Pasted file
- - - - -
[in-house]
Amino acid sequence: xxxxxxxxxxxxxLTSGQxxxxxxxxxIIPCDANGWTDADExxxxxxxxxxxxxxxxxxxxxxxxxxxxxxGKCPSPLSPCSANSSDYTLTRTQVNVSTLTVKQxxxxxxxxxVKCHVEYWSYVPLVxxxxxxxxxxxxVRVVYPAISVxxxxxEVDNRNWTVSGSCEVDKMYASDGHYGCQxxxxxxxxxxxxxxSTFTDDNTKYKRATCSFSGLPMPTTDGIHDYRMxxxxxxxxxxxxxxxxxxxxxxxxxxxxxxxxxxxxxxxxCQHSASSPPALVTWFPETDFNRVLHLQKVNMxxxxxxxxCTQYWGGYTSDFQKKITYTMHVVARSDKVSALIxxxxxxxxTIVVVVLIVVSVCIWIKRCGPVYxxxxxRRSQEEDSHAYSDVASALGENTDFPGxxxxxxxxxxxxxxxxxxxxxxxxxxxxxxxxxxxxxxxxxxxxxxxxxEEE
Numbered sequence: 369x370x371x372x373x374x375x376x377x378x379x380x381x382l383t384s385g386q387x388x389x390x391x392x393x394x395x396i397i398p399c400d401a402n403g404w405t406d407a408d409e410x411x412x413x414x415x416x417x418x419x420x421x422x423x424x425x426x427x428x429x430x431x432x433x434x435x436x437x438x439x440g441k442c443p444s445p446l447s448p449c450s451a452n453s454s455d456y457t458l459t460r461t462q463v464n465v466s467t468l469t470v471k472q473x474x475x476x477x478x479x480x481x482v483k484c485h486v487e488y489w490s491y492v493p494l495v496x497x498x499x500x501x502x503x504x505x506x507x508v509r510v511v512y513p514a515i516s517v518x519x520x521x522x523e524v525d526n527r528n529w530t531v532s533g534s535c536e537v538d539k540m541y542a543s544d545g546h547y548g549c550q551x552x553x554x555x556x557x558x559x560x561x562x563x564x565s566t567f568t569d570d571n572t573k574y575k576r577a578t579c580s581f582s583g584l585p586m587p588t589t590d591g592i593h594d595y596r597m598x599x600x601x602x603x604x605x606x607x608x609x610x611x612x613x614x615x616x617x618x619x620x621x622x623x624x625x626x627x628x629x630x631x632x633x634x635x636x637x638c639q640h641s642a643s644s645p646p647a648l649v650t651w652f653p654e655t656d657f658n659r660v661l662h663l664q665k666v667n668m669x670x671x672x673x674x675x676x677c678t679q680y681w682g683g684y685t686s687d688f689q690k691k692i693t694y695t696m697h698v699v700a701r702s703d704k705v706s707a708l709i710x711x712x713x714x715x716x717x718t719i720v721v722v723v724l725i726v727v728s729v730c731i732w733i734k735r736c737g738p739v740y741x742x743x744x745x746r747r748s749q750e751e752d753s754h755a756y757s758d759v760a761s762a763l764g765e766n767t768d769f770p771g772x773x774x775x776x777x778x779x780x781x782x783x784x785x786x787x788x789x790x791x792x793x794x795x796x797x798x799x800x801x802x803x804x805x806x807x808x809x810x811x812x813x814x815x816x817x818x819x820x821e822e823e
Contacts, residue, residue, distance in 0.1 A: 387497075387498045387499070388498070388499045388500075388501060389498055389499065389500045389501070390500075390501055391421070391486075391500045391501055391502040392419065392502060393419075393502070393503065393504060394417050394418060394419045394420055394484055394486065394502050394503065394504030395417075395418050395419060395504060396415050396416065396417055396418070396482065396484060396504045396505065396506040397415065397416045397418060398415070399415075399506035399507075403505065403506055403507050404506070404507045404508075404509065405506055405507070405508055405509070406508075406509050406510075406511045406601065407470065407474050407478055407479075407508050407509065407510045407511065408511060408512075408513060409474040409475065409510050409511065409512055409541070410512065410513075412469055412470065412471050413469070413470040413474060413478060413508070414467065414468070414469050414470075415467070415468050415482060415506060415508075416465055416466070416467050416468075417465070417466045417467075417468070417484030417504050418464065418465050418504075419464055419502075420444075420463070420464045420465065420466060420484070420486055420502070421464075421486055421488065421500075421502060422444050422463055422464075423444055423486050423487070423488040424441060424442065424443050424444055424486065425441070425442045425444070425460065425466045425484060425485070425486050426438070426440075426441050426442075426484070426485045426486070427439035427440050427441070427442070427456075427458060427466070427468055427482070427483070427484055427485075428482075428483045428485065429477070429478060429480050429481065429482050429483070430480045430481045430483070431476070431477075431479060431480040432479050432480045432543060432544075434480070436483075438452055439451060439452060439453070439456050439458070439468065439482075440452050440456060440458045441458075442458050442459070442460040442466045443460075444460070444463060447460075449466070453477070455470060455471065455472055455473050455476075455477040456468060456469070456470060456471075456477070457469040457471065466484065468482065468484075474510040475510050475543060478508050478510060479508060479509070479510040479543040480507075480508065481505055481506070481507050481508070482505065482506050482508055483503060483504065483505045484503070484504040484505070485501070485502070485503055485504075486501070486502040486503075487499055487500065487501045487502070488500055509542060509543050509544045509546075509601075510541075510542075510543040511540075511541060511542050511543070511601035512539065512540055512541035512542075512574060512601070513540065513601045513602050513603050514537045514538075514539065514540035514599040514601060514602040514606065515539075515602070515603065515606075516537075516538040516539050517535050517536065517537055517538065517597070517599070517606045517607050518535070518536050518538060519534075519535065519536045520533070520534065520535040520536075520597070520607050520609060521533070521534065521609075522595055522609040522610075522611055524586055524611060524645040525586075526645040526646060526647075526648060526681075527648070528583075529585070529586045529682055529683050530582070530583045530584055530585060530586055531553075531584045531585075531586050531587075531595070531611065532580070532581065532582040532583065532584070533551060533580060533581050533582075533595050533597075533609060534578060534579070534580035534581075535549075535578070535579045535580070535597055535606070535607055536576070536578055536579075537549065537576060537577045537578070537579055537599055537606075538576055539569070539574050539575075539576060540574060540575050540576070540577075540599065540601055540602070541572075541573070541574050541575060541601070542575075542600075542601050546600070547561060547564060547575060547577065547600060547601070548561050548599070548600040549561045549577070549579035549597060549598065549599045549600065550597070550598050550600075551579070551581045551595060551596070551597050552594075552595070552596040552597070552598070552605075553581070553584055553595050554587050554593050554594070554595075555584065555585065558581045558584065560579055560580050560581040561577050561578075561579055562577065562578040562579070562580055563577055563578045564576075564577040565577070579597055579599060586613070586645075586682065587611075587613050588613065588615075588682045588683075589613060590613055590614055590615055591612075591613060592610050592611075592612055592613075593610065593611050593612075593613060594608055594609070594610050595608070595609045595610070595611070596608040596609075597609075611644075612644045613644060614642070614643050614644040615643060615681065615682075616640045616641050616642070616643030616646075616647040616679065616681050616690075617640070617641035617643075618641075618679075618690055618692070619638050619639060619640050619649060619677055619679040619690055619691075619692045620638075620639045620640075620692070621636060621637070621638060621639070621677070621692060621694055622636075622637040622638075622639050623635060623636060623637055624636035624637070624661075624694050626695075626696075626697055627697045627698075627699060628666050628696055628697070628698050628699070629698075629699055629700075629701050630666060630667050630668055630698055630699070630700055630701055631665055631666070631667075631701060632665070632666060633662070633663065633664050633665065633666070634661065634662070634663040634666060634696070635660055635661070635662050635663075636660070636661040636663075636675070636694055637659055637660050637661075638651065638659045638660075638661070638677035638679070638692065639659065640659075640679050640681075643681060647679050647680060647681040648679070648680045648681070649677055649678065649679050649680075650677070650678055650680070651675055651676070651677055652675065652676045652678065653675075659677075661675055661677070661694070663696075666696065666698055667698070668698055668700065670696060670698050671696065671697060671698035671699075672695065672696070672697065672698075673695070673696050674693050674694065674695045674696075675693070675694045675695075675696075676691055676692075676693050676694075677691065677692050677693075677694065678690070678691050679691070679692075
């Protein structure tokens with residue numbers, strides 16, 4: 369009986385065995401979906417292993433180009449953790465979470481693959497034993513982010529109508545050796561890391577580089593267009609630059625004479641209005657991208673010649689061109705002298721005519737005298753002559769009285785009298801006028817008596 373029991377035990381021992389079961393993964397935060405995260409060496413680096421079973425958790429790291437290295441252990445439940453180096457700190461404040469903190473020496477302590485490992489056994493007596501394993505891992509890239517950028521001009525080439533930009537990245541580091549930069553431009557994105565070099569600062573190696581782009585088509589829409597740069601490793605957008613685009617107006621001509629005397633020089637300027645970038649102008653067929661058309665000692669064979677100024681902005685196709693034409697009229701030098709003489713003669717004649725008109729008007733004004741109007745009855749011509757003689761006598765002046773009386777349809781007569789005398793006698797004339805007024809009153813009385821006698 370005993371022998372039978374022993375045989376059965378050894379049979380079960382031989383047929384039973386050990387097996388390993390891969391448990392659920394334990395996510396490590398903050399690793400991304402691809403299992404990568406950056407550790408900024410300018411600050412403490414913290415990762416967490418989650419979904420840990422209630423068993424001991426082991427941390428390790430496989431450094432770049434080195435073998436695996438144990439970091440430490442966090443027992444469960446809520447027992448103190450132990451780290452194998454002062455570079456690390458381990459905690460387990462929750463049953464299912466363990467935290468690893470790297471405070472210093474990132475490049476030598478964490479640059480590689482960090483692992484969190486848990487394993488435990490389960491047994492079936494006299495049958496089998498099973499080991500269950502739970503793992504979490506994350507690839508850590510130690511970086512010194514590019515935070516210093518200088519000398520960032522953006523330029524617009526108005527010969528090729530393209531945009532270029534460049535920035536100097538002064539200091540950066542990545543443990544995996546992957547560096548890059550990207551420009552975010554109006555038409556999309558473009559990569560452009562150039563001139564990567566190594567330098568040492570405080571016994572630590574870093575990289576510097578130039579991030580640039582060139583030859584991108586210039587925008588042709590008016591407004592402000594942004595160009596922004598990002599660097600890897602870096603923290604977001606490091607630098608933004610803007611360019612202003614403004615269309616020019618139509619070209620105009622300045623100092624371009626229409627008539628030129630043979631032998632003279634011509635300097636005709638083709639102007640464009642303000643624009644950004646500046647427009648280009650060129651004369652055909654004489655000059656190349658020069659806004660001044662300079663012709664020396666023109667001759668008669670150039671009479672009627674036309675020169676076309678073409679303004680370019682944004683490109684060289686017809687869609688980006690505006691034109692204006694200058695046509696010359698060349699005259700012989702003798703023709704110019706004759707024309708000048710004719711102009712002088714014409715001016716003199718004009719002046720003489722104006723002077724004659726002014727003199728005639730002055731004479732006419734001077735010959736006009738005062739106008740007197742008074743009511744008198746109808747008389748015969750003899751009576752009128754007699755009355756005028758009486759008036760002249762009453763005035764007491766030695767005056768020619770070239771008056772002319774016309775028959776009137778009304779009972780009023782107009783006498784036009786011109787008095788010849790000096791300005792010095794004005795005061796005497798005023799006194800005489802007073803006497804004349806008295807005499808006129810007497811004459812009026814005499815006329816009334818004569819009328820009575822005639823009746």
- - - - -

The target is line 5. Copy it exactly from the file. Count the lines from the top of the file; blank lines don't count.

């Protein structure tokens with residue numbers, strides 16, 4: 369009986385065995401979906417292993433180009449953790465979470481693959497034993513982010529109508545050796561890391577580089593267009609630059625004479641209005657991208673010649689061109705002298721005519737005298753002559769009285785009298801006028817008596 373029991377035990381021992389079961393993964397935060405995260409060496413680096421079973425958790429790291437290295441252990445439940453180096457700190461404040469903190473020496477302590485490992489056994493007596501394993505891992509890239517950028521001009525080439533930009537990245541580091549930069553431009557994105565070099569600062573190696581782009585088509589829409597740069601490793605957008613685009617107006621001509629005397633020089637300027645970038649102008653067929661058309665000692669064979677100024681902005685196709693034409697009229701030098709003489713003669717004649725008109729008007733004004741109007745009855749011509757003689761006598765002046773009386777349809781007569789005398793006698797004339805007024809009153813009385821006698 370005993371022998372039978374022993375045989376059965378050894379049979380079960382031989383047929384039973386050990387097996388390993390891969391448990392659920394334990395996510396490590398903050399690793400991304402691809403299992404990568406950056407550790408900024410300018411600050412403490414913290415990762416967490418989650419979904420840990422209630423068993424001991426082991427941390428390790430496989431450094432770049434080195435073998436695996438144990439970091440430490442966090443027992444469960446809520447027992448103190450132990451780290452194998454002062455570079456690390458381990459905690460387990462929750463049953464299912466363990467935290468690893470790297471405070472210093474990132475490049476030598478964490479640059480590689482960090483692992484969190486848990487394993488435990490389960491047994492079936494006299495049958496089998498099973499080991500269950502739970503793992504979490506994350507690839508850590510130690511970086512010194514590019515935070516210093518200088519000398520960032522953006523330029524617009526108005527010969528090729530393209531945009532270029534460049535920035536100097538002064539200091540950066542990545543443990544995996546992957547560096548890059550990207551420009552975010554109006555038409556999309558473009559990569560452009562150039563001139564990567566190594567330098568040492570405080571016994572630590574870093575990289576510097578130039579991030580640039582060139583030859584991108586210039587925008588042709590008016591407004592402000594942004595160009596922004598990002599660097600890897602870096603923290604977001606490091607630098608933004610803007611360019612202003614403004615269309616020019618139509619070209620105009622300045623100092624371009626229409627008539628030129630043979631032998632003279634011509635300097636005709638083709639102007640464009642303000643624009644950004646500046647427009648280009650060129651004369652055909654004489655000059656190349658020069659806004660001044662300079663012709664020396666023109667001759668008669670150039671009479672009627674036309675020169676076309678073409679303004680370019682944004683490109684060289686017809687869609688980006690505006691034109692204006694200058695046509696010359698060349699005259700012989702003798703023709704110019706004759707024309708000048710004719711102009712002088714014409715001016716003199718004009719002046720003489722104006723002077724004659726002014727003199728005639730002055731004479732006419734001077735010959736006009738005062739106008740007197742008074743009511744008198746109808747008389748015969750003899751009576752009128754007699755009355756005028758009486759008036760002249762009453763005035764007491766030695767005056768020619770070239771008056772002319774016309775028959776009137778009304779009972780009023782107009783006498784036009786011109787008095788010849790000096791300005792010095794004005795005061796005497798005023799006194800005489802007073803006497804004349806008295807005499808006129810007497811004459812009026814005499815006329816009334818004569819009328820009575822005639823009746």